Earlier this week, IKEA Canada confirmed that an employee had accessed private customer information. Although the official announcement did not provide details, it’s a safe bet to assume that controls related to data governance and regulatory compliance are the primary guardrails that led to the revelation. Unfortunately, this particular case hardly represents an isolated incident.
While data loss is on the list of most concerning threats to DevSecOps success, Identity and Privileged Access Management (IAM & PAM) are at the top.
Regulatory compliance can be an effective guardrail. Still, infrastructure and operations leaders are united on the urgent need to implement a DevSecOps initiative. Regardless of where organizations are on their DevOps journey, a 2021 Cloud Security Alliance survey confirms the tightly coupled relationship between privileged access and DevSecOps success. While data loss is on the list of most concerning threats to DevSecOps success, Identity and Privileged Access Management (IAM & PAM) are at the top. Regardless of the maturity of the DevSecOps journey, the DevOps community clearly faces a mounting challenge.
Who Controls Privileged Access to What and When?
By IKEA Canada’s own admission, an employee used a “generic internet search” to query personally identifiable information (consumer PII). In other words, an over-privileged user or machine identity queried a shared data asset that included restricted information. To make matters worse, no controls were in place to prevent the privacy breach from recurring over a 72 hour period before security operations teams were alerted.
Effectively answering the following questions will impact every department spanning IT, infrastructure engineers, application developers, and security operations:
- Who requests (and approves) privileged access to sensitive data?
- What assets contain sensitive data?
- When is privileged access warranted by authorized parties?
How Dynamic Privileged Access Could Prevent Data Exposure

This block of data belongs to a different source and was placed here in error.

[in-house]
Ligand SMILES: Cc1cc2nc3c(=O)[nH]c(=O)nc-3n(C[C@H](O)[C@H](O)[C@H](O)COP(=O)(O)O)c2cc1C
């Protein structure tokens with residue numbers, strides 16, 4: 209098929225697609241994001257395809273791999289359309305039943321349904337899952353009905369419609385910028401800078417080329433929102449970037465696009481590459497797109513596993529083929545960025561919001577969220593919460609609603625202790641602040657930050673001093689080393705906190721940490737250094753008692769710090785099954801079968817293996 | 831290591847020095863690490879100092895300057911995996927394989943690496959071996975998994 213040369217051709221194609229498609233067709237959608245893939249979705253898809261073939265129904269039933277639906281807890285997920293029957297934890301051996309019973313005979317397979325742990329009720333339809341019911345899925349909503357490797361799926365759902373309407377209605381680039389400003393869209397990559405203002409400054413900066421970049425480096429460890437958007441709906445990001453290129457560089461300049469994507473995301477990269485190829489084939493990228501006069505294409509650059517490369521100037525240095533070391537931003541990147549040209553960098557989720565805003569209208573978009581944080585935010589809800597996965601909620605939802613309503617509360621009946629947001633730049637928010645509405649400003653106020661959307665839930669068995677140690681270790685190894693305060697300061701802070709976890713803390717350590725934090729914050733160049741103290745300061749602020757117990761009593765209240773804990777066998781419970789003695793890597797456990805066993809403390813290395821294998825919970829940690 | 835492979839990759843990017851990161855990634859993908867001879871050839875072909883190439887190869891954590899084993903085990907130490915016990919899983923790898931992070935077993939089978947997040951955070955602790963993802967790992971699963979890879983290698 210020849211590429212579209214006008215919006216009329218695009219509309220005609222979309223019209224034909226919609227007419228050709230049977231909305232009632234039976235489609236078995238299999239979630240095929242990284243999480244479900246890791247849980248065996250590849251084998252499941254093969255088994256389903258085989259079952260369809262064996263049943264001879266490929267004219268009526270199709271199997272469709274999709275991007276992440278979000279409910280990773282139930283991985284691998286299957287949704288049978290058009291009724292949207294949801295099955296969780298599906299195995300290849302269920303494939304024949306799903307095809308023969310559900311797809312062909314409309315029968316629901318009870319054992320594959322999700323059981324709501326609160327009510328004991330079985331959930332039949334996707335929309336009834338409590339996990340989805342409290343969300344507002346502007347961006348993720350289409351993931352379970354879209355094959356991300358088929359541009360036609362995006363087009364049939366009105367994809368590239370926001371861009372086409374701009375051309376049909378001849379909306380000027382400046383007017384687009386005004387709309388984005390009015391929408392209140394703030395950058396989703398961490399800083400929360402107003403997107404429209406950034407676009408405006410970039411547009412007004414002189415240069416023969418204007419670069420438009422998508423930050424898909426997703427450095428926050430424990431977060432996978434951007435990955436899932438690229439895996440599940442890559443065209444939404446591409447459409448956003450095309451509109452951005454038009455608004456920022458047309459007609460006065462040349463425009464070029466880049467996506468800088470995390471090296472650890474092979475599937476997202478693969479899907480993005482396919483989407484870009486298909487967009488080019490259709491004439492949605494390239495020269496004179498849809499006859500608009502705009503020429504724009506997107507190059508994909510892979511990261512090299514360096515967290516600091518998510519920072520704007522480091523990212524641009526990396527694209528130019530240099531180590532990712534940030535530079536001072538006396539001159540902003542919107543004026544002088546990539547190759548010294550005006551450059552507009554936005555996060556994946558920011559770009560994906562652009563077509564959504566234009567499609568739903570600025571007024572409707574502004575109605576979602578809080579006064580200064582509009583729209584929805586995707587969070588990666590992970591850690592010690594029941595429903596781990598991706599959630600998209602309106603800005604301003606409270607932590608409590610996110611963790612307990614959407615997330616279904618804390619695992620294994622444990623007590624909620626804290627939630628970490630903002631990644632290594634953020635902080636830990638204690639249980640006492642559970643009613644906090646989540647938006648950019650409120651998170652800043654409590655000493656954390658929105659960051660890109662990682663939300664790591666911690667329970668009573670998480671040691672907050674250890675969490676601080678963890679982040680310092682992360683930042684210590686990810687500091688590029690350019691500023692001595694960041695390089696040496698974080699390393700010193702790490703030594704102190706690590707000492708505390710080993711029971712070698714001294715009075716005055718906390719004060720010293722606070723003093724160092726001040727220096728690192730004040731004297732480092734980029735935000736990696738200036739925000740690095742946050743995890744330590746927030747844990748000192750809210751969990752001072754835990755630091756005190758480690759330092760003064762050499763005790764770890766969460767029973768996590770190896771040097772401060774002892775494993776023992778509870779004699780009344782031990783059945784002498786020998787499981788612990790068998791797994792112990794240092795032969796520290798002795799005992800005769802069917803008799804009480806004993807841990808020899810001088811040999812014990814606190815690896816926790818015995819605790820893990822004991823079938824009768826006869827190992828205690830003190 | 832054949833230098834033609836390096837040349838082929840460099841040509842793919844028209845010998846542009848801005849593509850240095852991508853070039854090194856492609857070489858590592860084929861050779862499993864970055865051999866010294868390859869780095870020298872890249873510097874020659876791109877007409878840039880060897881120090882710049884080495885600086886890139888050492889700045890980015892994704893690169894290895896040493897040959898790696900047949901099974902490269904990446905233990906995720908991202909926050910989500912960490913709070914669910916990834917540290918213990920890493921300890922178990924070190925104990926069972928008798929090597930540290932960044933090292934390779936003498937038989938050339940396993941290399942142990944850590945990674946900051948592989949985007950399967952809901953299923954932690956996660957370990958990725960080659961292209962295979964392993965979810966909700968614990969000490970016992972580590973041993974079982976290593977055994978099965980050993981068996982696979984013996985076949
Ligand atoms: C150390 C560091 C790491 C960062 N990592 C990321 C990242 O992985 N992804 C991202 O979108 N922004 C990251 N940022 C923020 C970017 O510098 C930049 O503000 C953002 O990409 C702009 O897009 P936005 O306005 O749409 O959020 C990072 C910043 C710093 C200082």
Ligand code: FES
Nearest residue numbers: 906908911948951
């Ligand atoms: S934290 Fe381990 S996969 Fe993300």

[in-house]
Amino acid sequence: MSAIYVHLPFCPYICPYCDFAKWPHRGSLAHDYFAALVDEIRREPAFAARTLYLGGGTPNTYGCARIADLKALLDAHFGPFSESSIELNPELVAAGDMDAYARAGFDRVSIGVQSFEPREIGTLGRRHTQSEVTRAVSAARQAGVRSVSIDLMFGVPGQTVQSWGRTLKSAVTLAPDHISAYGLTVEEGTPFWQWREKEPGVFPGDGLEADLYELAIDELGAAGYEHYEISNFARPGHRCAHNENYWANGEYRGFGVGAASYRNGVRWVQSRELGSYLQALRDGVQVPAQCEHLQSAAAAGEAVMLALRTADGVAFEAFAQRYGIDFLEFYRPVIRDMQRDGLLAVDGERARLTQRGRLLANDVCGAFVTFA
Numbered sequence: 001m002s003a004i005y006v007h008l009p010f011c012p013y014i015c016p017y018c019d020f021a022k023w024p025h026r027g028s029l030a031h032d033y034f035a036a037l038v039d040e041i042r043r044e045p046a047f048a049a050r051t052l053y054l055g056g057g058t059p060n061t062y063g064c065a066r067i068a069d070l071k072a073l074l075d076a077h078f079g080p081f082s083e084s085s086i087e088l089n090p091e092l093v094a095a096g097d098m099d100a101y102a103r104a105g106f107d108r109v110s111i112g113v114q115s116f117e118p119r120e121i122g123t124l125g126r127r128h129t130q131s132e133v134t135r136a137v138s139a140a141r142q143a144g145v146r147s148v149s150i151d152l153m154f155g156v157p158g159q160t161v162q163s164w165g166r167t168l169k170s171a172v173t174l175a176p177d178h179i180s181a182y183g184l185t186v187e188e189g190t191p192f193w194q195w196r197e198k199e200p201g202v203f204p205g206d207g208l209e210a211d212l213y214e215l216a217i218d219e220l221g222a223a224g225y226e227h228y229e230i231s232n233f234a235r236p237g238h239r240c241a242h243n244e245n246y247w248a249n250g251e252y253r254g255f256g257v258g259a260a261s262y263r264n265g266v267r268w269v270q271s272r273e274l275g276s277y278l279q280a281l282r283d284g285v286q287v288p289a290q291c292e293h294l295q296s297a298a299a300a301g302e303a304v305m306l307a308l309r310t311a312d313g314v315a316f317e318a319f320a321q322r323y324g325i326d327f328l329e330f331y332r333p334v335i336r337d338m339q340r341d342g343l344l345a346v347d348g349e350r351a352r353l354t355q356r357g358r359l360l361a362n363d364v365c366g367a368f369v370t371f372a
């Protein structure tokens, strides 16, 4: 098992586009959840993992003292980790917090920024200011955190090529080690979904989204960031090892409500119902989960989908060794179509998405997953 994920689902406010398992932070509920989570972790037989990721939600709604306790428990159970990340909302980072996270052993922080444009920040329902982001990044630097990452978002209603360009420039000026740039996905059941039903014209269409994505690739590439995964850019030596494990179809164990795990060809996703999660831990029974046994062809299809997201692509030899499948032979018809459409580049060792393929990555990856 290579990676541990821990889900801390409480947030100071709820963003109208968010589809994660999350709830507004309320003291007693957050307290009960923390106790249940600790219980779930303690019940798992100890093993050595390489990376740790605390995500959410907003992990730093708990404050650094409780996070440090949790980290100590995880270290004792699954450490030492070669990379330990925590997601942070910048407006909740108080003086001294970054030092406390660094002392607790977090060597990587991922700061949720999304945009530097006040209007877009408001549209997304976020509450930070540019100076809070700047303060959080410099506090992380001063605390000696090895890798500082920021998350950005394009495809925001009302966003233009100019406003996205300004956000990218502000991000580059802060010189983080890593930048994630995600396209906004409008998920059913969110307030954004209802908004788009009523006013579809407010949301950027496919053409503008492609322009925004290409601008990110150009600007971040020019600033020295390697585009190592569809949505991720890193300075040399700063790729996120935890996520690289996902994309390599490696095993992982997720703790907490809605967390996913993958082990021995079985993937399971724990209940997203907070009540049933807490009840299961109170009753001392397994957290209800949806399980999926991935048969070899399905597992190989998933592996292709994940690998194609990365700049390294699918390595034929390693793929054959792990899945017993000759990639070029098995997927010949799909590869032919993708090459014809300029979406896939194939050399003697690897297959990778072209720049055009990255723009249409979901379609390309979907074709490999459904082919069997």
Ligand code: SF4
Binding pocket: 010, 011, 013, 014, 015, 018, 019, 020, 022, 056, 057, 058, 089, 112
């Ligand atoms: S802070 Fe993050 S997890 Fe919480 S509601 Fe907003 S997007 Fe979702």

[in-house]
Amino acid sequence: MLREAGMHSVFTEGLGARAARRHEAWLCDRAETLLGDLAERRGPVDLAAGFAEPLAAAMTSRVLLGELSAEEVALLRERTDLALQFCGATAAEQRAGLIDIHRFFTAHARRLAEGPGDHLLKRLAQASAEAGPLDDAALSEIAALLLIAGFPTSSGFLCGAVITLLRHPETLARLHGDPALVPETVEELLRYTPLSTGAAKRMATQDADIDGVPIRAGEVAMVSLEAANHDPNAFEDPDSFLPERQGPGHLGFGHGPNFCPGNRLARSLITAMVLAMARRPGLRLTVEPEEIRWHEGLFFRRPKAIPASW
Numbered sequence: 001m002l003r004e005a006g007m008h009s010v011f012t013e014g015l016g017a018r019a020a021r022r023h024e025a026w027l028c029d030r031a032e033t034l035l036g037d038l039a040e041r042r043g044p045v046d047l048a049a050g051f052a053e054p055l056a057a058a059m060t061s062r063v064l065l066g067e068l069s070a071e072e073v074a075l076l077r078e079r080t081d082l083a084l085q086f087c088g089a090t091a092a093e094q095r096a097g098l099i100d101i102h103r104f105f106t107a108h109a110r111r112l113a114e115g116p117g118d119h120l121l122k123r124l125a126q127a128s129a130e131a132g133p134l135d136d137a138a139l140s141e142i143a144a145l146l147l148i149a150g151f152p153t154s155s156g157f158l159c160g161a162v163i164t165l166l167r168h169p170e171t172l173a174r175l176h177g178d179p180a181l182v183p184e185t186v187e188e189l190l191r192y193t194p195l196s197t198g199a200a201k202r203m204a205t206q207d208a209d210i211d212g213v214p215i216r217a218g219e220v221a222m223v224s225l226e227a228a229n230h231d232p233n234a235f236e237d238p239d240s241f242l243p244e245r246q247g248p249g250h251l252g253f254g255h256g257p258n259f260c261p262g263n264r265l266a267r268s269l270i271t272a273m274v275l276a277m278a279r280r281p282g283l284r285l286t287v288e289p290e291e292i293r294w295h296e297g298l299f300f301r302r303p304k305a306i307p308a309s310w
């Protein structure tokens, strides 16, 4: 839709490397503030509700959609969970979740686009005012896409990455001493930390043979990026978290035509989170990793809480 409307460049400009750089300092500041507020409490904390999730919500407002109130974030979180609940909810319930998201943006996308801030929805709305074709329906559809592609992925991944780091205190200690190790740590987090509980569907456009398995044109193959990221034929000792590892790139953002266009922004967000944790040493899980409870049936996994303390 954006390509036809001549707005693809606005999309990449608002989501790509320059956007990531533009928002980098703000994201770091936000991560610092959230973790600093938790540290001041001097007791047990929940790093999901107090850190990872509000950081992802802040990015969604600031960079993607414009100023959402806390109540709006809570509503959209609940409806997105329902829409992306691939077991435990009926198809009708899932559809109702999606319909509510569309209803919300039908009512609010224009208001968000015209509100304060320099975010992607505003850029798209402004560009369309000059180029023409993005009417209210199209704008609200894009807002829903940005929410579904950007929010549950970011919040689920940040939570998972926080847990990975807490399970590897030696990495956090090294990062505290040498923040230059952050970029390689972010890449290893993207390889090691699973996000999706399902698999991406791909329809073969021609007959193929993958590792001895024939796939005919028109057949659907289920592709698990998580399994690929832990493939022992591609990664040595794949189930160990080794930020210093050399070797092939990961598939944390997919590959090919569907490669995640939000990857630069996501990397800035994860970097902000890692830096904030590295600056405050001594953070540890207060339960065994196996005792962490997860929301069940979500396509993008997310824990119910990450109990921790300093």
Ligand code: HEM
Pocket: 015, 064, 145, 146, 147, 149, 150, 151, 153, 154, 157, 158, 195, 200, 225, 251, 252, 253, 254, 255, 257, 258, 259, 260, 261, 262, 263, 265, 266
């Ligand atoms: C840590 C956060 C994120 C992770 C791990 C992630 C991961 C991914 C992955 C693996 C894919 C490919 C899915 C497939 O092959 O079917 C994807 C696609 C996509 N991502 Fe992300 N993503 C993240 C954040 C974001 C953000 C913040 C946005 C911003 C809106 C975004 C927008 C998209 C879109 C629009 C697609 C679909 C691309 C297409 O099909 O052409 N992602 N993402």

The shared high-level goal is to strike the right balance between “Just Enough” privileged access to address security concerns, and “Just in Time” access grants to ensure smooth business operations.
The shared high-level goal is to strike the right balance between “Just Enough” privileged access to address security concerns, and “Just in Time” access grants to ensure smooth business operations. For simplicity, let’s assume the sensitive information was stored in one shared database functioning as a single point of failure enabling unauthorized access to sensitive data. Without an enterprise-wide DevSecOps initiative in place, the engineers charged with developing and maintaining critical systems typically face an impossible choice between bad and worse. By restricting access to data to authorized personnel only, engineers could theoretically prevent illicit access. Unfortunately, using legacy technology to implement such measures would effectively cripple business operations. This tradeoff is familiar to anyone grappling with static role-based access control (RBAC). As DevOps transformation initiatives deepen, enterprises have begun to explore dynamic access workflows that account for requester, approver, asset, and duration. Taking this approach a step further, teams with significant production workloads in the cloud can leverage tagging practices that clearly separate data assets that contain sensitive information (e.g. customer PII).
The DevSecOps Transformation Challenge
By supporting dynamically contextualized access to sensitive data, teams can get the job done while eliminating unauthorized parties from ever exposing customer PII in the first place.
DevSecOps can only be successful by addressing the three core elements of security, namely people, culture, and technology. Long-term collaboration between people can create the foundations that build bridges that transcend traditional organizational silos (e.g. application developers working alongside security operations practitioners). It’s up to C-level leadership to embrace the success of isolated initiatives and build out processes that permeate throughout the organization. Finally, disruptive technologies focused on the key challenges (namely cloud IAM and PAM) are critical to empower the workforce to step up and embrace positive change. By supporting dynamically contextualized access to sensitive data, teams can get the job done while eliminating unauthorized parties from ever exposing customer PII in the first place.
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